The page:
Q6: Many of your early designs can be traced to your inspirations from trees and the outdoors. Your first chair design, Ying Yang in 1998, was transparent, and like trees, allowed light to come thru – making it harder to create as the interior should be made as beautiful as the exterior. Why are you so fascinated with trees and the outdoor?
God is the ultimate creator and nature has been around longer than our imagination. Nature today is a vast and wide reference for medicine, technology, architecture, materials and even economic systems. Design is no different. There are so many structural principles and forms in nature that are pure and unique because they come from an Infinite Mind. The principles of beauty and aesthetics are derived from the natural world and we are programmed as human beings to react to them. My work is only a drop in the bucket of what’s possible when you take nature as an inspiration.
Q7: The price of your Voyage bed jumped seven times after Brad Pitt bought it for his kids. Tell us how did he find you (your products) and what was the strategy behind the pricing move?
The prices for the bed, and all our products, have always been the same around the world. The only exception is our country because we are closer to the manufacturing source. Other than natural inflation, we have not increased prices arbitrariiy like the fashion industry does.
Q8: Many of your more recent designs were inspired from random sources like fish nets, edges of books, crushed Coke cans and even noodles. How do you create a repeatable ideation process that your team can follow?
Design is a very fluid process and inspiration is difficult to structure. But my team and I usually work with materials first and create concepts around them. Because we have an entire factory to back us up, we work with prototypes early on and manipulate the model. We also do a lot of research to know whats out there so we know what we are up against. The whole process of idea to prototype takes an average of one year to complete. Then our engineers take over to make sure the product can be manufactured well at the right quality and price. This last process takes half a year.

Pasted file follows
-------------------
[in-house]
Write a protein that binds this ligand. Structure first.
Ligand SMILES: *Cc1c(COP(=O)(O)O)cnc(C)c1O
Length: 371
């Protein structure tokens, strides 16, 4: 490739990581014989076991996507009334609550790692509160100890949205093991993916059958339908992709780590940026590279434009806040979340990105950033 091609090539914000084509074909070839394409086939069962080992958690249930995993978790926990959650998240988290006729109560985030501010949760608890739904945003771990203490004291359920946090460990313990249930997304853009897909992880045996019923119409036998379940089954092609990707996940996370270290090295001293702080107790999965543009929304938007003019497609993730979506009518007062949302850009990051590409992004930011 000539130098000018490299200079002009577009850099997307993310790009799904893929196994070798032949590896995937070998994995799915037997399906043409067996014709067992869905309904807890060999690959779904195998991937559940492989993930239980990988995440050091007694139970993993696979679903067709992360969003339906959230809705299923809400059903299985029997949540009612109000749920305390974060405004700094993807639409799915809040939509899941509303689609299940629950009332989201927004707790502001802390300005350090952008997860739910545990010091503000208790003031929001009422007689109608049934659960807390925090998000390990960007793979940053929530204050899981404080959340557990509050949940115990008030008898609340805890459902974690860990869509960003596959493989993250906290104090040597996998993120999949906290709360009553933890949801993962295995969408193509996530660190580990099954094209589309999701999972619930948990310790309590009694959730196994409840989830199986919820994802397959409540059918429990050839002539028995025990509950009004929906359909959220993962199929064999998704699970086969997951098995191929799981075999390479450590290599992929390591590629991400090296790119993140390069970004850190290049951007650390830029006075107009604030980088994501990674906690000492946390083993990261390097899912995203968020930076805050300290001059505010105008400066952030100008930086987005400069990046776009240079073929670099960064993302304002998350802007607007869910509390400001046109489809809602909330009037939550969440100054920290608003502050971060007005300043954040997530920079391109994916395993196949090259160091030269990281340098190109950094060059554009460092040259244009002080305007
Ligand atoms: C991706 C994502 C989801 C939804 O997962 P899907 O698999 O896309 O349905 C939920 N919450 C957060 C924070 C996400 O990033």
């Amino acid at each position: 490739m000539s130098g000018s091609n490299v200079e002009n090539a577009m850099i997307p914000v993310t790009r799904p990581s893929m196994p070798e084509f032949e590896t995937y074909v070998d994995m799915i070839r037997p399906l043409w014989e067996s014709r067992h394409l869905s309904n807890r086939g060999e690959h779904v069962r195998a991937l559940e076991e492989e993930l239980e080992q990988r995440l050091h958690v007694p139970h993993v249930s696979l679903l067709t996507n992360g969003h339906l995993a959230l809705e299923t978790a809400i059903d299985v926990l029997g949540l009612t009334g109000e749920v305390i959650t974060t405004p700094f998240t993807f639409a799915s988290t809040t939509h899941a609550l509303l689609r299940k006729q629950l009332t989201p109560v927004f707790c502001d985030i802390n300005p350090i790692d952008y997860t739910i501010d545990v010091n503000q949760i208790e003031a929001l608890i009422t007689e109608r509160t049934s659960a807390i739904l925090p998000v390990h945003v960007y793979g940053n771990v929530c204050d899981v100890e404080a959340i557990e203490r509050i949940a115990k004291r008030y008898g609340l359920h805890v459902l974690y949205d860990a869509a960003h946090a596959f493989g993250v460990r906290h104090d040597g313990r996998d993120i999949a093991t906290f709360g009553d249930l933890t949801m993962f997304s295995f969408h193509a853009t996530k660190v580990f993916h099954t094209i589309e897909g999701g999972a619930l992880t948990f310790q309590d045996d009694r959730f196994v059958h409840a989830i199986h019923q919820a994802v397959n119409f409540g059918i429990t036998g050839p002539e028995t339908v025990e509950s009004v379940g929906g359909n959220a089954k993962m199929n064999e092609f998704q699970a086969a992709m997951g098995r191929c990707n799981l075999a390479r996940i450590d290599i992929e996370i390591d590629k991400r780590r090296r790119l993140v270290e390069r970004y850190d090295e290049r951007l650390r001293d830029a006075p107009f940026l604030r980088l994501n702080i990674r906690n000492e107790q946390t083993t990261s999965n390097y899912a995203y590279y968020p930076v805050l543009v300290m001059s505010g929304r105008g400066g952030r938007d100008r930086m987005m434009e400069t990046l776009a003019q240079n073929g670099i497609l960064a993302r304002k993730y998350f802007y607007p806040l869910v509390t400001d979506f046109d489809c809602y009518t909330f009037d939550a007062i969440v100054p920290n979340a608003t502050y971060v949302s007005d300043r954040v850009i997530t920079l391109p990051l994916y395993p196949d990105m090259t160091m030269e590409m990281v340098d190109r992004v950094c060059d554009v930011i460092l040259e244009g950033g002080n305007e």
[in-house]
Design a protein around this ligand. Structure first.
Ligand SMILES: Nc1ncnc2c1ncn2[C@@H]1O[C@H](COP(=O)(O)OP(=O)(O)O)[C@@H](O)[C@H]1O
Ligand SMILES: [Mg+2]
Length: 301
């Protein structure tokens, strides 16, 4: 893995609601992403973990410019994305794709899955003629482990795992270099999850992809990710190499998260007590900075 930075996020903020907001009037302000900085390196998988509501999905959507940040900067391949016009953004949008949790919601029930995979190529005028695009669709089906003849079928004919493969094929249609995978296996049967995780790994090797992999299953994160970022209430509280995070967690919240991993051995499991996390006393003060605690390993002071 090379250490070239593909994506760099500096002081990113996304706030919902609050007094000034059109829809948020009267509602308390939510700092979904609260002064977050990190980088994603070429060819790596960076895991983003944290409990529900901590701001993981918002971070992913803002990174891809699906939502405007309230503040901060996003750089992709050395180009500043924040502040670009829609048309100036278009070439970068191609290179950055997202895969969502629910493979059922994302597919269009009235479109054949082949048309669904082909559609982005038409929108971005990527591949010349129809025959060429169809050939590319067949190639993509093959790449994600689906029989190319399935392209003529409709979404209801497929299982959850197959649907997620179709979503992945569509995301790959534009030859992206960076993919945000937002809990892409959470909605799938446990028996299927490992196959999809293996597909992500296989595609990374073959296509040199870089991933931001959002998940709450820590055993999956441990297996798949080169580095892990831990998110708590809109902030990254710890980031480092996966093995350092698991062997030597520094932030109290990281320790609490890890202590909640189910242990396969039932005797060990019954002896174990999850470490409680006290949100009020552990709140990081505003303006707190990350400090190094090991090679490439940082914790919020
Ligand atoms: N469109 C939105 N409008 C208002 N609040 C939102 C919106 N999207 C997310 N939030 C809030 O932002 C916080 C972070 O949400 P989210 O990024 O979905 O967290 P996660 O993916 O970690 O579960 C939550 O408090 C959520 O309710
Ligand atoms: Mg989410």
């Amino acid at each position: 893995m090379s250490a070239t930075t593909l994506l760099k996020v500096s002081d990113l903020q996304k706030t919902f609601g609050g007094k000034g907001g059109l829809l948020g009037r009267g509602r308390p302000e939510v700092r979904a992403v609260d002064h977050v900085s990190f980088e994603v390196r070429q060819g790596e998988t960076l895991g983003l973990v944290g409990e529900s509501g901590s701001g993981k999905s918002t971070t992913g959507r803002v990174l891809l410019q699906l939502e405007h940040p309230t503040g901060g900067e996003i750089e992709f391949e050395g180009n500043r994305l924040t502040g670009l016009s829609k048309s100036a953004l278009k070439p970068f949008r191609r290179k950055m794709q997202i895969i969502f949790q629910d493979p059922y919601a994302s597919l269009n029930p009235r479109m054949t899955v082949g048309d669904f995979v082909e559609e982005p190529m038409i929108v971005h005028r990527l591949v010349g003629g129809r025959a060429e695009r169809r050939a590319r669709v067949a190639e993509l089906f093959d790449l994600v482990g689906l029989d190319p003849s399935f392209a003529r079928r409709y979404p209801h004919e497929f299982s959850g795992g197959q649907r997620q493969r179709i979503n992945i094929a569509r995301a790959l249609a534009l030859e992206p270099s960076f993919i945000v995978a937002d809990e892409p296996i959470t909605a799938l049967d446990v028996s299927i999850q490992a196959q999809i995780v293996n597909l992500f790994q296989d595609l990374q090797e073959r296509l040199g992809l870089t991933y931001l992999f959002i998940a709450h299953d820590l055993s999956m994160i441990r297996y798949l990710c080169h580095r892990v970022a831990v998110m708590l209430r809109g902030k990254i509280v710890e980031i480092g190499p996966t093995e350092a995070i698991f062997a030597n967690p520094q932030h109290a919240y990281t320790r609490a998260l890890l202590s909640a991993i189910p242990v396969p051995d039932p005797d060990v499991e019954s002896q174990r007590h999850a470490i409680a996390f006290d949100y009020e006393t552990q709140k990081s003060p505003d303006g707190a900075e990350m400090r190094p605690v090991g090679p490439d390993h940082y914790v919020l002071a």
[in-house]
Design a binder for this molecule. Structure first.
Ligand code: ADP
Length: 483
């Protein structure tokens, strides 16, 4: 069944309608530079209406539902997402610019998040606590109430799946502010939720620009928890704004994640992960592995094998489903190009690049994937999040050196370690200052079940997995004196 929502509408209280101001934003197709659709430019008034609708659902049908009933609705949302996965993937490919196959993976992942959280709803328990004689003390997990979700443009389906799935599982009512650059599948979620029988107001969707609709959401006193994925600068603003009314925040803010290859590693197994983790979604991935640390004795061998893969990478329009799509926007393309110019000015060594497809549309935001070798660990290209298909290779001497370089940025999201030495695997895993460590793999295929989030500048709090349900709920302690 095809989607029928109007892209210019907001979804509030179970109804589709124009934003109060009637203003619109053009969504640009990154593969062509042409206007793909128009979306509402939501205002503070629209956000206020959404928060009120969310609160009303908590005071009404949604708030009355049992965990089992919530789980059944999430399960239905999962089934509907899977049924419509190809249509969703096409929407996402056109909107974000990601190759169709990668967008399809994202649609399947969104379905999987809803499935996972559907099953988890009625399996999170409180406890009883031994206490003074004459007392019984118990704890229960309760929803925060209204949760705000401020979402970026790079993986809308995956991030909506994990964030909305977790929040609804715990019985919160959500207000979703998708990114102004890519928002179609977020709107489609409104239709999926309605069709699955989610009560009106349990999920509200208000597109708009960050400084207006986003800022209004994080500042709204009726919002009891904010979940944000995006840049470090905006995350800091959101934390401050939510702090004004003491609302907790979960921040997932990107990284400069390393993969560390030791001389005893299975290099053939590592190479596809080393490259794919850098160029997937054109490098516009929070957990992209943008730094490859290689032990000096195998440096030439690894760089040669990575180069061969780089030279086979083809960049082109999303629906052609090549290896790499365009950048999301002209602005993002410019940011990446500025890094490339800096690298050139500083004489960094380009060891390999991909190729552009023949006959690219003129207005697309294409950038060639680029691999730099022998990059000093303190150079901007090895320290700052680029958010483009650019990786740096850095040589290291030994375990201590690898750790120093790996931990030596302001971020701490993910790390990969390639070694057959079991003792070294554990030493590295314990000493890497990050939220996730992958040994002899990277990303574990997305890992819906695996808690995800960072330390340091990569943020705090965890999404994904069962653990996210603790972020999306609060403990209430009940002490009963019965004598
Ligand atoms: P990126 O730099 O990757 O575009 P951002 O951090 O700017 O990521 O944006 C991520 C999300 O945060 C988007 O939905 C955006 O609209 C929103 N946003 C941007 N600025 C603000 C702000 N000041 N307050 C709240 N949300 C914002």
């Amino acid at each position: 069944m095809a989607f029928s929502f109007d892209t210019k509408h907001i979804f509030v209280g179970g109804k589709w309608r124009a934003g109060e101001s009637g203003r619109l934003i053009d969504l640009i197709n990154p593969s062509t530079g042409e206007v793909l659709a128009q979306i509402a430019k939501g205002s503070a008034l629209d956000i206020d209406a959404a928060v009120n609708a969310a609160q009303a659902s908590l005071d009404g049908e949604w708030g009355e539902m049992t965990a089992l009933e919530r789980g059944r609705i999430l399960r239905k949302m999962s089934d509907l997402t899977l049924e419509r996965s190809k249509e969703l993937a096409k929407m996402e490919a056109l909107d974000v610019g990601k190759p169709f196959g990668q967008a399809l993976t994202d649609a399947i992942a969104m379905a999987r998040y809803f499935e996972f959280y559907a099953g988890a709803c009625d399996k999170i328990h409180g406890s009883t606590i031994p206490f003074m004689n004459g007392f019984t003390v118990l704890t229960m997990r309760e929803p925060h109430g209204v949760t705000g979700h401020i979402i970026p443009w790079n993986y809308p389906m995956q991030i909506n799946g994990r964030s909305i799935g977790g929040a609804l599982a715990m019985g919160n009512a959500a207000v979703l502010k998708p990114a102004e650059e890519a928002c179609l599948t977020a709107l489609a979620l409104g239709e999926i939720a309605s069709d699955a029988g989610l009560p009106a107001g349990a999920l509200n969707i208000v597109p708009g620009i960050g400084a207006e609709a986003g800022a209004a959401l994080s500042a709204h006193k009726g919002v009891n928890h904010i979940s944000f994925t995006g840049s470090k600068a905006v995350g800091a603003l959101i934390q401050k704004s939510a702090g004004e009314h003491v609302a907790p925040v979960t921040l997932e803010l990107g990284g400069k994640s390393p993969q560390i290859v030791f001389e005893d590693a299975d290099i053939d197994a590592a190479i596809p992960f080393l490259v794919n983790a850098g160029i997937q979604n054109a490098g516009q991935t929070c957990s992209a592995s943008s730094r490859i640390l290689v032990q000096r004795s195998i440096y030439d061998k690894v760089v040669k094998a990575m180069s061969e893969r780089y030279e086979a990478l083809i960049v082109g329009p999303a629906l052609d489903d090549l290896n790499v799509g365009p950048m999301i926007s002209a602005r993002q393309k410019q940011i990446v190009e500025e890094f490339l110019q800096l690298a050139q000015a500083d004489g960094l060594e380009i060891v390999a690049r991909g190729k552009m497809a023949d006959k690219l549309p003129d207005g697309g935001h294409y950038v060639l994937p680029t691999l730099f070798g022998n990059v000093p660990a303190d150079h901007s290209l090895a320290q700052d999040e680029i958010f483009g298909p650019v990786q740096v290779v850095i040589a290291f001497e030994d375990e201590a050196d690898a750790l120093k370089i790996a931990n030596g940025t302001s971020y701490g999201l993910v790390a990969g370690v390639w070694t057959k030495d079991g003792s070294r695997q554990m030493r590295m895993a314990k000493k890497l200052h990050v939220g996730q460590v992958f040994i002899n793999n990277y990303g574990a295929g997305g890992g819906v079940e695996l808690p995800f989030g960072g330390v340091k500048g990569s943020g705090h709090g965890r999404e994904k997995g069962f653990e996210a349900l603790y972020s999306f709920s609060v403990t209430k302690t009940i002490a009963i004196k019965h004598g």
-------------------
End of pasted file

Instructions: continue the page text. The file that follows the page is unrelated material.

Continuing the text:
Q9: You make it difficult for competition to copy your work. I have seen workers in your factory doing two patterns combined in a single furniture. What will stop competition from pirating your skilled people?
We don’t have a problem with employee turnover or piracy. Our compensation packages and work spirit are the best in the industry. My team is like family to me and they are proud to be part of a legacy being built.
Q10: Congratulations on your many prestigious awards in the field of furniture designs. Have you discovered your life’s purpose?
I believe I am called to many purposes in life, some of them yet to be discovered. My life is a story that is not complete yet. I am proud to have led the way for the furniture industry to compete globally using design but also to prove that the business model of branding can work for the entire Philippine creative industry. But more important than my work itself is the ability to inspire and motivate thousands of young people to pursue their passion of creativity and design. This is the reason why I accepted the position of program chair for the Industrial Design department of La Salle Benilde. My dream when I retire is to set up a design school specifically around craft and materials that can be found in Asia. I hope my life is a testament to what is possible when we take inspiration from our culture and environment to create unique objects and spaces for the world to see.
Bestselling author Josiah Go is the Chairman and Chief Marketing Strategist of Mansmith and Fielders, Inc. (the leading marketing and sales training company in the Philippines), President and CEO of Waters Philippines (the market leader in the direct selling of premium health durable products in the Philippines) and President and CEO of PT Noah Health Indonesia. He is Chairman / Vice Chairman / Director of over a dozen companies.